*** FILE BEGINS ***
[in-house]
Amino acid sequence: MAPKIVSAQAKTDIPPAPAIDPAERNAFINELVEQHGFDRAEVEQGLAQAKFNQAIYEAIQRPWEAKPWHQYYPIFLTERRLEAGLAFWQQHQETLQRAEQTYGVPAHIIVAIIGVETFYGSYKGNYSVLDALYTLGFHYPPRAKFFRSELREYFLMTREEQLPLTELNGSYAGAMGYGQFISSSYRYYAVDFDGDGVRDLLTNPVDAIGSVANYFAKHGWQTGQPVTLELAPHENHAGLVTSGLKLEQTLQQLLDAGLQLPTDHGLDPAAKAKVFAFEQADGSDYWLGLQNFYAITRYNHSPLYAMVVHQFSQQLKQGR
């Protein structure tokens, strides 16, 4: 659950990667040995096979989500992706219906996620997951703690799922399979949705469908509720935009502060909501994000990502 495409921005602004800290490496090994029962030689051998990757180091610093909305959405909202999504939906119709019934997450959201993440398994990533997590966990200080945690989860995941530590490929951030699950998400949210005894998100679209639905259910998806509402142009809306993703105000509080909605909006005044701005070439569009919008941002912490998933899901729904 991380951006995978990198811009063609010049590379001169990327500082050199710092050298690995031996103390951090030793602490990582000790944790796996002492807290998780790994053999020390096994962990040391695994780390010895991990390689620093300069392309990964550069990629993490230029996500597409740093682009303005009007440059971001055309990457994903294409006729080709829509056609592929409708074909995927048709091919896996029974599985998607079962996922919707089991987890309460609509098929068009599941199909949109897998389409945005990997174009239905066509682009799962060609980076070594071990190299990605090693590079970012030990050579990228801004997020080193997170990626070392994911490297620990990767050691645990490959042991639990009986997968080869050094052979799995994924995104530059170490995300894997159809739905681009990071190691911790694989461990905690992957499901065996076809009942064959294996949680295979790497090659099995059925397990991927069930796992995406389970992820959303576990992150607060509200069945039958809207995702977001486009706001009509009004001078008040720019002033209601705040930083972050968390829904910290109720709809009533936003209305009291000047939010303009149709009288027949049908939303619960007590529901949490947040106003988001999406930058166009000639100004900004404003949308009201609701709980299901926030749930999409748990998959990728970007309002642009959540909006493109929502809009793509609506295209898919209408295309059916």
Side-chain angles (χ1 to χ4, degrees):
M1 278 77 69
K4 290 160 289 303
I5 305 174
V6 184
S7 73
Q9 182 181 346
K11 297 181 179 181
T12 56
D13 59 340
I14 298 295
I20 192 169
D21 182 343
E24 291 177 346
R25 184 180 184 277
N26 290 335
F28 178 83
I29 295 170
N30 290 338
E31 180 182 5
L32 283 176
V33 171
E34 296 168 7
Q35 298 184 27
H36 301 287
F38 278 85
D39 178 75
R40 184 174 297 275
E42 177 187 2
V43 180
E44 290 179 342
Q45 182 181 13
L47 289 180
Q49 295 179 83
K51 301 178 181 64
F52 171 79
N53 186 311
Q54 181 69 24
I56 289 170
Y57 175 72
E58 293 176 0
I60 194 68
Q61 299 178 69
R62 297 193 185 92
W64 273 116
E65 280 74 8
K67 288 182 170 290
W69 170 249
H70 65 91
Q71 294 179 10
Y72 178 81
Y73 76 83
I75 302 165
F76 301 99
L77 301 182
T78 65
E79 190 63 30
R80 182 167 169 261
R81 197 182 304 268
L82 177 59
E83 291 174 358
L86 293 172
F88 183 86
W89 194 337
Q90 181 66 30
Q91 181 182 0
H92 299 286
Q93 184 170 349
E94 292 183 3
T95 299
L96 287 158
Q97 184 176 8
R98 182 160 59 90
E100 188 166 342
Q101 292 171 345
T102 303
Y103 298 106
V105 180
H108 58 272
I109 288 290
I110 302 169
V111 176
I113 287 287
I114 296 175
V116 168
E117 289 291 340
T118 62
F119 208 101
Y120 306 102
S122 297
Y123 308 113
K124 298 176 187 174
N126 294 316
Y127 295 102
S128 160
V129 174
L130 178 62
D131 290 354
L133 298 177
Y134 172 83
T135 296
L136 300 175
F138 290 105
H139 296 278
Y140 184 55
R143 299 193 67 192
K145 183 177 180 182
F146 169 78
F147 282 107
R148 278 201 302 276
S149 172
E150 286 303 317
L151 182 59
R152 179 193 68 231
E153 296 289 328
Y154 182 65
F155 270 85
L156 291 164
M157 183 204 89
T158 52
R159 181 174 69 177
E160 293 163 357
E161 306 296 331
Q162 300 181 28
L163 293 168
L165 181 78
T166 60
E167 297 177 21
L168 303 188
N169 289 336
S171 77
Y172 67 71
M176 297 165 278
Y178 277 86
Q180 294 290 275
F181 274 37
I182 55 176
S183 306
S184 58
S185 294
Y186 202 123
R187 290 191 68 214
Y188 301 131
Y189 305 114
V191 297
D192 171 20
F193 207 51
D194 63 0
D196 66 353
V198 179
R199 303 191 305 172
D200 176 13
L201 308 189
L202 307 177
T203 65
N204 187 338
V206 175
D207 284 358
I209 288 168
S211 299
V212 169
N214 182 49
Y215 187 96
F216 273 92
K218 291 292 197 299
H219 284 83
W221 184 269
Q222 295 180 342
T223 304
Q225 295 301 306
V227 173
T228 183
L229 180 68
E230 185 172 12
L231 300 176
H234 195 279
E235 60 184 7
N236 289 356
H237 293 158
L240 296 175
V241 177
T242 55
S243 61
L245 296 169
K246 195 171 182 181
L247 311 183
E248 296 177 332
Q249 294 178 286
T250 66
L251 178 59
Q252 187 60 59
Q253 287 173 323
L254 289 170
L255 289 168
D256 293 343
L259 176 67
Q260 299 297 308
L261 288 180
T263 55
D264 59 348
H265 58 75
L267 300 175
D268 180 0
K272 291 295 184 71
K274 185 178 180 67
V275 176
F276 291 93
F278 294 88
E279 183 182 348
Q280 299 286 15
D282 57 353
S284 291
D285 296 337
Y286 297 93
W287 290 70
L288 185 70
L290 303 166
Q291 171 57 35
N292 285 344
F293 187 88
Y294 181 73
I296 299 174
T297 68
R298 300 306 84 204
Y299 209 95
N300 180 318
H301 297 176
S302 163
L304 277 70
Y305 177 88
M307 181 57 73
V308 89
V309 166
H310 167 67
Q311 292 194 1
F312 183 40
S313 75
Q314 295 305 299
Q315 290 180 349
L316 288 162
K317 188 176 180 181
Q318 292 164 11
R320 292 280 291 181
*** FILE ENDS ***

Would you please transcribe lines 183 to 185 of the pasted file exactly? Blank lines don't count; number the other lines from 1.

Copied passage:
L240 296 175
V241 177
T242 55